Case study 3: Co-wheels
We are increasingly seeing examples of what some people describe as a collaborative or sharing economy, where end-users easily share their own resources with others, in exchange for reciprocated access or financial compensation.
For instance, Airbnb allows people to rent their home to visitors, for a few days or longer (in which case they would certainly benefit from a smart-lock system, as described in the previous case-study), while Streetbank allows neighbours to easily share various objects between them.
An interesting challenge in such an economy is how to design a platform where people can access shared resources, in a secure and usable way. For instance, consider Co-wheels, which is a car club offering its members access to shared cars. An important aspect of such a car club is to simplify the process of renting a car: instead of having to go to a car rental agency to pick up the keys, a member can simply open a car parked nearby, as long as the car is part of the club. Of course, it would be impractical for all members to have the keys for all vehicles. This might require them to go and collect the key at a given location and would present the same limited usability than a traditional car rental system. Instead, the car club can provide a smart-card to all its members, which can open any club car.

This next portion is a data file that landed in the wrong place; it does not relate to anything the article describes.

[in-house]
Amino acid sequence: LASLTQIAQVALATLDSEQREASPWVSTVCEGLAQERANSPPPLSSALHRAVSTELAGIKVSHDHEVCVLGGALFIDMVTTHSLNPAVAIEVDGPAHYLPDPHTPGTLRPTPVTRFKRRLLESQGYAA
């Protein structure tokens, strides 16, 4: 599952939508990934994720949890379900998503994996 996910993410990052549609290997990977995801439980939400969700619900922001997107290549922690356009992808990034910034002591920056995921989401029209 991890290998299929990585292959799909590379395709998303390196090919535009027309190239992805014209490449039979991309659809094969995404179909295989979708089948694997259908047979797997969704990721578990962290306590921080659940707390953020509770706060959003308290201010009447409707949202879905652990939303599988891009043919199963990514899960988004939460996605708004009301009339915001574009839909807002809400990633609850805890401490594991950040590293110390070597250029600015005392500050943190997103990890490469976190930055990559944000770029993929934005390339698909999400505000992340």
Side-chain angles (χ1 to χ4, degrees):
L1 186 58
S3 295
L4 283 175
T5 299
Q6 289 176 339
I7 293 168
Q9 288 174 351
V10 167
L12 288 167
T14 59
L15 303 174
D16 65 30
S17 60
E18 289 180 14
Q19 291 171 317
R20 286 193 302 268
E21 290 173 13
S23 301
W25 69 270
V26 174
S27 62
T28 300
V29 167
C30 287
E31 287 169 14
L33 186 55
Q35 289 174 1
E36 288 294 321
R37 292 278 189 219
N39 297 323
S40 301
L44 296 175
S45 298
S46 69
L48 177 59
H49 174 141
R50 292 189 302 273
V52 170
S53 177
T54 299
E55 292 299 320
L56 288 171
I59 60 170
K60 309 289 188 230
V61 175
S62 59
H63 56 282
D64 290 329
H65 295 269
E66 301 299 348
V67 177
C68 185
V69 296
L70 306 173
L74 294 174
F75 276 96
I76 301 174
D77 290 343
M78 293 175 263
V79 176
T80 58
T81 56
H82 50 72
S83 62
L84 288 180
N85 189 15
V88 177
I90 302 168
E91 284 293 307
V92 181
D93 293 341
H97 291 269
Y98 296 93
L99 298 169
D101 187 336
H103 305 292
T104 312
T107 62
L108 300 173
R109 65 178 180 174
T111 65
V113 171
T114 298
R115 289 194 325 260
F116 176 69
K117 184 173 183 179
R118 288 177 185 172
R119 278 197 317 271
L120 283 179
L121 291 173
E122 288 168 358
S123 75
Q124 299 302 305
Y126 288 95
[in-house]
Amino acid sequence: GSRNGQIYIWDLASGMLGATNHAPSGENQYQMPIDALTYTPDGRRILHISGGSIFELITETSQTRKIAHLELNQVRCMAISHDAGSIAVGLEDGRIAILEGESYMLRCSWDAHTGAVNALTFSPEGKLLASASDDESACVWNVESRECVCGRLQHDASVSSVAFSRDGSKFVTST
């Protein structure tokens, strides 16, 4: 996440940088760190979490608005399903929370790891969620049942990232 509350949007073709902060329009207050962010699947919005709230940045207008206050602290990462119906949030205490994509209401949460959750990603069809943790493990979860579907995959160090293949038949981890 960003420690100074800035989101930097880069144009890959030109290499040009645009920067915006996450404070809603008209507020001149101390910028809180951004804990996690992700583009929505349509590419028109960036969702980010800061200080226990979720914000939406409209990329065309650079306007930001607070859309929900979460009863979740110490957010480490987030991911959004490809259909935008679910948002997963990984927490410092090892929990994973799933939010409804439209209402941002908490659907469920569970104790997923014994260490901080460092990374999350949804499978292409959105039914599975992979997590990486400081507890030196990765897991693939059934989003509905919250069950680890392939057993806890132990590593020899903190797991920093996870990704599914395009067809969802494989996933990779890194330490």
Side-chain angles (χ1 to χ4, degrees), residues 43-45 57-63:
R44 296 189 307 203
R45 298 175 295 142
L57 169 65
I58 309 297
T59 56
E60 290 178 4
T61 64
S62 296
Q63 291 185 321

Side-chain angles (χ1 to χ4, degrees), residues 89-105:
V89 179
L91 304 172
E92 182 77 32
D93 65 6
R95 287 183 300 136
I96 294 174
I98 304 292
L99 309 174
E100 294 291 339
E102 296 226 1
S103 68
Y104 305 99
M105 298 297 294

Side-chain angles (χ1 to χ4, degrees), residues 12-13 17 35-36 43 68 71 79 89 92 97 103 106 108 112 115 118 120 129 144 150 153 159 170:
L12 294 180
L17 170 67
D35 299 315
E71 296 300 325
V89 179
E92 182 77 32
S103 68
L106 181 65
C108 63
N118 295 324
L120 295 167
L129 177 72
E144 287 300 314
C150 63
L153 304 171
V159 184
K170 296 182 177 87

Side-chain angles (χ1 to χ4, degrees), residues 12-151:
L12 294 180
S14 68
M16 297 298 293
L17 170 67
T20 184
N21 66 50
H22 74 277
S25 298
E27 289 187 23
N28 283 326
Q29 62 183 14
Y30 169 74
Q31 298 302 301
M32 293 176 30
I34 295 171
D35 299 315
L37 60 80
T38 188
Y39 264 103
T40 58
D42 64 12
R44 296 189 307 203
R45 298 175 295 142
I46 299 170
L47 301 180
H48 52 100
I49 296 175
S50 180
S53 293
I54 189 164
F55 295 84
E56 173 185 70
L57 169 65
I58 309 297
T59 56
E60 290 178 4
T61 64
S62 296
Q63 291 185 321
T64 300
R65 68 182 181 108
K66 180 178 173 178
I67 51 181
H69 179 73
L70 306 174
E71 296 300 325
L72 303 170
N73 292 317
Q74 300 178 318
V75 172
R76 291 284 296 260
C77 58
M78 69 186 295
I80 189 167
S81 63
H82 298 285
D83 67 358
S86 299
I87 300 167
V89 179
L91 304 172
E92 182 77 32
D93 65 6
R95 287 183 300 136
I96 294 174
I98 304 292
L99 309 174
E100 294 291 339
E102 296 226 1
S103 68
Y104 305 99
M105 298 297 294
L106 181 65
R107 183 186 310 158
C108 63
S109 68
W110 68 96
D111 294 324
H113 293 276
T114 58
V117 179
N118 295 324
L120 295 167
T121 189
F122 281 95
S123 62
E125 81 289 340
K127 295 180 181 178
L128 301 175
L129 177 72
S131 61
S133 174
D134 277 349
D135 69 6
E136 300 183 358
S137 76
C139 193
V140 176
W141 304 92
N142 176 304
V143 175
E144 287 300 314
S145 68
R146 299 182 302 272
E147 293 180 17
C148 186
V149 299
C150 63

A practical illustration of the trade-off with a car-sharing scheme is to define the scope of the sharing: how easy it is to use a car, and which cars are available? For instance, a very usable scheme would see any car belonging to a club member available to any other member, just by using a provided smart-card. However, this type of scheme can easily enable theft and vandalism: in 2012, 9,000 bikes were damaged or stolen in the Parisian bike-sharing scheme Velib’, within which any user can take any bike available. On the other hand, a more secure scheme would see each user register online each rental, to leave a significant deposit, and to have a proper check-in/check-out process, at the cost of usability, of course.
© Newcastle University